Allen Weisselberg, chief financial officer for the Trump Organization, was one of the executives who helped arrange $420,000 in payments to President Donald Trump's longtime attorney Michael Cohen to help reimburse him for hush money he paid an adult-film star.
Weisselberg, who got his start working for the president's father, was granted immunity by federal investigators in New York in exchange for his truthful testimony about his role in the payments, according to people familiar with the discussions.
Weisselberg is the person identified in court filings as "Executive-1," who prosecutors said helped authorize $420,000 in payments to Cohen, one person said. He testified last month before a grand jury investigating Cohen.
In addition to being the longtime chief financial officer of the Trump Organization, Weisselberg is also one of two trustees of the trust that controls the president's assets.
The Wall Street Journal first reported Weisselberg's immunity deal.
On Tuesday, Cohen pleaded guilty to eight felonies, including two counts related to hush money to women who alleged affairs with Trump. He admitted he violated campaign finance law by helping provide Trump's campaign excessive and illegal contributions.
According to court filings, Cohen in early 2017 submitted an invoice to Weisselberg seeking to be repaid for legal expenses and payments he said he made on Trump's behalf.
Among the expenses for which he was seeking reimbursement: $130,000 that he paid to adult-film star Stormy Daniels to keep her quiet about an alleged sexual encounter with Trump.
Weisselberg, working with another Trump Organization executive, helped arrange payments to Cohen that totaled $420,000.
A person familiar with the Trump Organization said Cohen explained the $130,000 expense as a settlement "of a personal nature."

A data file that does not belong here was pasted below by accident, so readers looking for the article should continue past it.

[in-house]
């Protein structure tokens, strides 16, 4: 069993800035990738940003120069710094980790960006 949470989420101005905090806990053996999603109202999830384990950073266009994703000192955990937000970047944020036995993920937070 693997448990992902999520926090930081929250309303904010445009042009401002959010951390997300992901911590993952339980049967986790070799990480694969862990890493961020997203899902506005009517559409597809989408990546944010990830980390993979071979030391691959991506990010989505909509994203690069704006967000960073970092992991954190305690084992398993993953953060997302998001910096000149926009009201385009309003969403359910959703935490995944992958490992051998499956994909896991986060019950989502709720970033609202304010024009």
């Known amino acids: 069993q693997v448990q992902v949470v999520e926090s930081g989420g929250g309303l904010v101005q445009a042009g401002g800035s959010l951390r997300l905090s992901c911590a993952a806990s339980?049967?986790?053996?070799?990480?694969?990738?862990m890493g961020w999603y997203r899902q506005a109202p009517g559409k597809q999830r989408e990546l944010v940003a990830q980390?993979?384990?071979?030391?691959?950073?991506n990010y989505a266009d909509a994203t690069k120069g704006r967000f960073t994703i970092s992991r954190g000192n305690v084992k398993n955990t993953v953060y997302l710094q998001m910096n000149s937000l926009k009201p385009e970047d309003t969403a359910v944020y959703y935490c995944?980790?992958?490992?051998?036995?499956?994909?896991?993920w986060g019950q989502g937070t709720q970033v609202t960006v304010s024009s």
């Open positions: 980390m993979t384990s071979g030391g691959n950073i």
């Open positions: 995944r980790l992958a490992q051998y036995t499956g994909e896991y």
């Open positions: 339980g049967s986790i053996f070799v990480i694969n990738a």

Weisselberg did not know what $130,000 was for, according to one person familiar with the situation, and approved it because of Cohen's long-standing role as counsel to Donald Trump.
In February 2017, Cohen sent "Executive-1" an invoice seeking two monthly payments of $35,000 "pursuant to [a] retainer agreement," according to court documents.
Weisselberg forwarded Cohen's invoice to another unidentified Trump Organization executive, "and it was approved," prosecutors wrote.
Weisselberg then forwarded that email to another employee, writing: "Please pay from the Trust. Post to legal expenses. Put 'retainer for the months of January and February 2017' in the description," according to court filings.
In fact, prosecutors said, Cohen had no retainer agreement with the Trump Organization at the time, and the invoices were not in connection with any legal services he provided in 2017.
Weisselberg has worked as chief financial officer for Donald Trump's companies since 2000. He got his start in the family business by working as an accountant for Trump's father and real estate magnate Fred Trump in the 1970s. He also served as treasurer of the Donald J. Trump Foundation and has long handled the Trump family personal expenses.
A person close to the Trump family who requested anonymity to describe private discussions said Weisslberg is viewed with the highest respect by family, calling him "truly a class act."
The low-profile executive was thrust into the headlines last month, when Cohen attorney Lanny Davis released a secret recording Cohen made of a September 2016 conversation with then-candidate Trump.
In the recording, Cohen can be heard discussing the need for Trump to purchase the rights to Playboy centerfold Karen McDougal's story of an affair with Trump. In their conversation, Cohen told Trump that he had discussed buying the rights to McDougal's story with Weisselberg.
After the disclosure of the recording, Alan Futerfas, an attorney for the Trump Organization, disputed the idea that Weisselberg had signed off on Cohen's plan.
"Mr. Weisselberg is a bookkeeper who simply carries out directions from others about monetary payments and transfers," he said.
But federal prosecutors in New York quickly subpoenaed Weisselberg to appear before a grand jury.
It is not uncommon for prosecutors to offer immunity to a person who may have wittingly or unwittingly facilitated a crime if investigators decide that person is more of a witness than a perpetrator, or if prosecutors decide they cannot get necessary testimony without offering some degree of immunity.
For example, when Trump's former campaign chairman Paul Manafort went on trial earlier this month in Alexandria, Virginia, prosecutors granted immunity to several people who worked on his taxes and finances. One of those witnesses testified she suspected Manafort was submitting false information to the IRS to lower his tax burden, but went along with it.
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The Washington Post's David A. Fahrenthold and Jonathan O'Connell contributed to this report.